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As I write, word comes that the new National Health Service contract for consultants, negotiated by the BMA, has been rejected by large majorities in England and Wales, though accepted in Scotland and Northern Ireland. The Government's efforts to increase efficiency, and the hopes of the nation for an adequate NHS, have suffered a blow.
Some of the papers in this month's JRSM relate to efficiency in the Service, and I looked again at a BMJ paper that generated much agitation last January. Feachem and co-workers1 compared the costs and performance of the NHS with those of a health maintenance organization in California, the Kaiser Permanente, which has been running for about the same time. Their conclusion—shocking for those who believed that the NHS was generally efficient even though underfunded—was that the costs of the two systems were similar but Kaiser members were better served, with superior primary care and faster access to specialist care and hospitals. The reasons for the better performance of Kaiser, they suggested, were real integration, through partnership between physicians and administration; treatment of patients at the most cost-effective levels of care (hospital stays for Kaiser patients were much shorter); competition and choice (consumerism) in a population with high expectations; and good information technology. The data required ingenious statistical adjustments for population and other differences, and many commentators simply rejected the authors' interpretation that the troubles of the NHS are due more to inefficiency than to underfunding. But the message about inefficiency stuck.
Let's turn to the papers in this issue. On p. 580 Dr Gibson and Dr Frank take up the theme of rehabilitation, a neglected discipline in the NHS2,3. Their subject, multiple sclerosis, typifies conditions resulting in static as well as progressive disability; and the article spells out the great benefits to be achieved when health and rehabilitation professionals work closely with the voluntary sector—in other words, integration. (In a recent Lancet, Bent et al.4 conclude that, in young people with physical disabilities, multidisciplinary teams promote greater participation in society than does the usual ad hoc approach, at no greater cost.) Next, the paper on p. 604 by Mr Patel and his colleagues neatly illustrates the inefficiencies that result from missing data in outpatient clinics: over the past thirteen years, though the time allocated to each patient has lengthened, time spent with the patient has actually shortened. As they say, an obvious remedy is information technology. After this, try the robust Book of the Month review (p. 623) by Dr Julian Tudor Hart. Here you will find no support for the consumerism/competition component of the Kaiser-Permanente regime: instead he calls for ‘an NHS pursuing rational goals set by public health, with patients developing themselves as informed and responsible citizens with our professional assistance’; in Wales at least, he thinks, a socialized NHS could survive. Finally, there is the intriguing report by Mr Ramchandani and colleagues (p. 598), who sought the views of consultant ophthalmologists, general practitioners and patients on pooling of waiting lists for cataract surgery. The consultants were 2 to 1 against (partly because they valued the continuing doctor—patient relationship), whereas the GPs and patients were at least 4 to 1 in favour. So, here at least, the views of consultants seem contrary to the mood out in the community.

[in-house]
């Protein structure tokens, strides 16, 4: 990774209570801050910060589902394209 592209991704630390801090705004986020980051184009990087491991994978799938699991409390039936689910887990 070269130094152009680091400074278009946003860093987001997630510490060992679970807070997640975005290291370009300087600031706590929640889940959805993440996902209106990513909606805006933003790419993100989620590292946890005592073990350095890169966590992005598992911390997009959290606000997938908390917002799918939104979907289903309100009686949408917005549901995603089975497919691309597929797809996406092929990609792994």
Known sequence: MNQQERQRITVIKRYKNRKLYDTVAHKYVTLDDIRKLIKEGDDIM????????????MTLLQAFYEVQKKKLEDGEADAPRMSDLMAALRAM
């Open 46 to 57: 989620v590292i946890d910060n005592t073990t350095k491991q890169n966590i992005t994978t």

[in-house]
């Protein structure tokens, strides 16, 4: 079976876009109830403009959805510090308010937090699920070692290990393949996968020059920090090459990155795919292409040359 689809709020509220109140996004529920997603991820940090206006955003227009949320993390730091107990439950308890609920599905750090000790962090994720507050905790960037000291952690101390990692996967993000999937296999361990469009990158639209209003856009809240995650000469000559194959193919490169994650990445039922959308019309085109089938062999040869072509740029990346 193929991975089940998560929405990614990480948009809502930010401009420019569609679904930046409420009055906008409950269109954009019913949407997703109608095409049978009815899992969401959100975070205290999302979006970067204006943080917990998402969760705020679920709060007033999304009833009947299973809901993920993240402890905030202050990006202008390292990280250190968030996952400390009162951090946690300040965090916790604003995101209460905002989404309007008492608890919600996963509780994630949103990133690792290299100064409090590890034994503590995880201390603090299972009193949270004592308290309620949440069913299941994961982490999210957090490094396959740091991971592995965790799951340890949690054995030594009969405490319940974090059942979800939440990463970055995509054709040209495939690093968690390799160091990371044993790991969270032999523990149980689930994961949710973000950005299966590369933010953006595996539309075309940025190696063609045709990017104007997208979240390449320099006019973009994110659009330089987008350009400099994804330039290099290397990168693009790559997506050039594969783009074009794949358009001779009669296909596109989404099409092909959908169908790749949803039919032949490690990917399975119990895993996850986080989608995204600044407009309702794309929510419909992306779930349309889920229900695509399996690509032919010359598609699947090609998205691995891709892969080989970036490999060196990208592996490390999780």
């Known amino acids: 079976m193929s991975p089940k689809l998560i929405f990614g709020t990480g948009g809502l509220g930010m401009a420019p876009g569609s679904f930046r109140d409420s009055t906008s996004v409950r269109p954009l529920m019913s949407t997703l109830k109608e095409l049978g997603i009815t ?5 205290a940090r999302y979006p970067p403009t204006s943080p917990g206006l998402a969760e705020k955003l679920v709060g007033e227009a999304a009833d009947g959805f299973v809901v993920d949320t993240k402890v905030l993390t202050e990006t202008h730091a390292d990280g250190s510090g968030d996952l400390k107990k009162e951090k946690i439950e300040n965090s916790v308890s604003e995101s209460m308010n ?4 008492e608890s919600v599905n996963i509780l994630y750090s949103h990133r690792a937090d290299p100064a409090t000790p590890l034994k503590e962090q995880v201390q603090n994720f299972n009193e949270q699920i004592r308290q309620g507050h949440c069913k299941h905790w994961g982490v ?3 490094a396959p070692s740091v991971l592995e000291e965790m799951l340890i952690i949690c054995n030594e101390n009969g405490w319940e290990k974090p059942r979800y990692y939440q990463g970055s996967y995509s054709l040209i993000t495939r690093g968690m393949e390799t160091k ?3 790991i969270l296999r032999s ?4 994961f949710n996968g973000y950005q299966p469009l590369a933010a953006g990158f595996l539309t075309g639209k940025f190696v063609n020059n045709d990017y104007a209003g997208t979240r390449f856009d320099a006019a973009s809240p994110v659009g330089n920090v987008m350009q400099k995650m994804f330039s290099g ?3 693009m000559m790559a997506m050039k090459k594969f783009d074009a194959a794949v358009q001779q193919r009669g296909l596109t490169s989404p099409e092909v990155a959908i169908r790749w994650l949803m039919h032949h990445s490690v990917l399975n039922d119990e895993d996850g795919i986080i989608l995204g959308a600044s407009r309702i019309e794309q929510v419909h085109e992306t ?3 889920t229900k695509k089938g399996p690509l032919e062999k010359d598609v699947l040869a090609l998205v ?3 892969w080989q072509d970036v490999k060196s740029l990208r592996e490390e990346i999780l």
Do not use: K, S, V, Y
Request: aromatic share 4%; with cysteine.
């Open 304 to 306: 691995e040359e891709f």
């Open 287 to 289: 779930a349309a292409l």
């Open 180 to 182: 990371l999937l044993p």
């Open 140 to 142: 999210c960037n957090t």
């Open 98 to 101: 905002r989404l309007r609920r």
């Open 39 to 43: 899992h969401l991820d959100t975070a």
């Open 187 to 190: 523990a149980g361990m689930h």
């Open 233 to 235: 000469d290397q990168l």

Why was the new consultant contract rejected? According to the Chairman of the Central Consultants and Specialists Committee it offered rich prizes—a time-limited contract, recognition of emergency work, payment for being on-call, extra payments for working beyond 40 hours a week, protected time for teaching, research and audit, and big increases in pay and pensionable salary. Managers would not have gained any extra powers but would have been able to work more efficiently by obtaining greater control over deployment of the labour force. The rejection came down largely to a lack of faith. According to a BMA statement, the referendum revealed relations between NHS managers and doctors to be deeply unhappy. Doctors feared that they would come under unreasonable pressure to meet performance targets and that they would be forced into working unsocial hours as a routine. So, no respite from existing stresses, and the vision of a well-managed (Kaiser-Permanente-style) NHS retreats a little further. Cui, as the late Sir Douglas Black put it, bono?5 To what good purpose?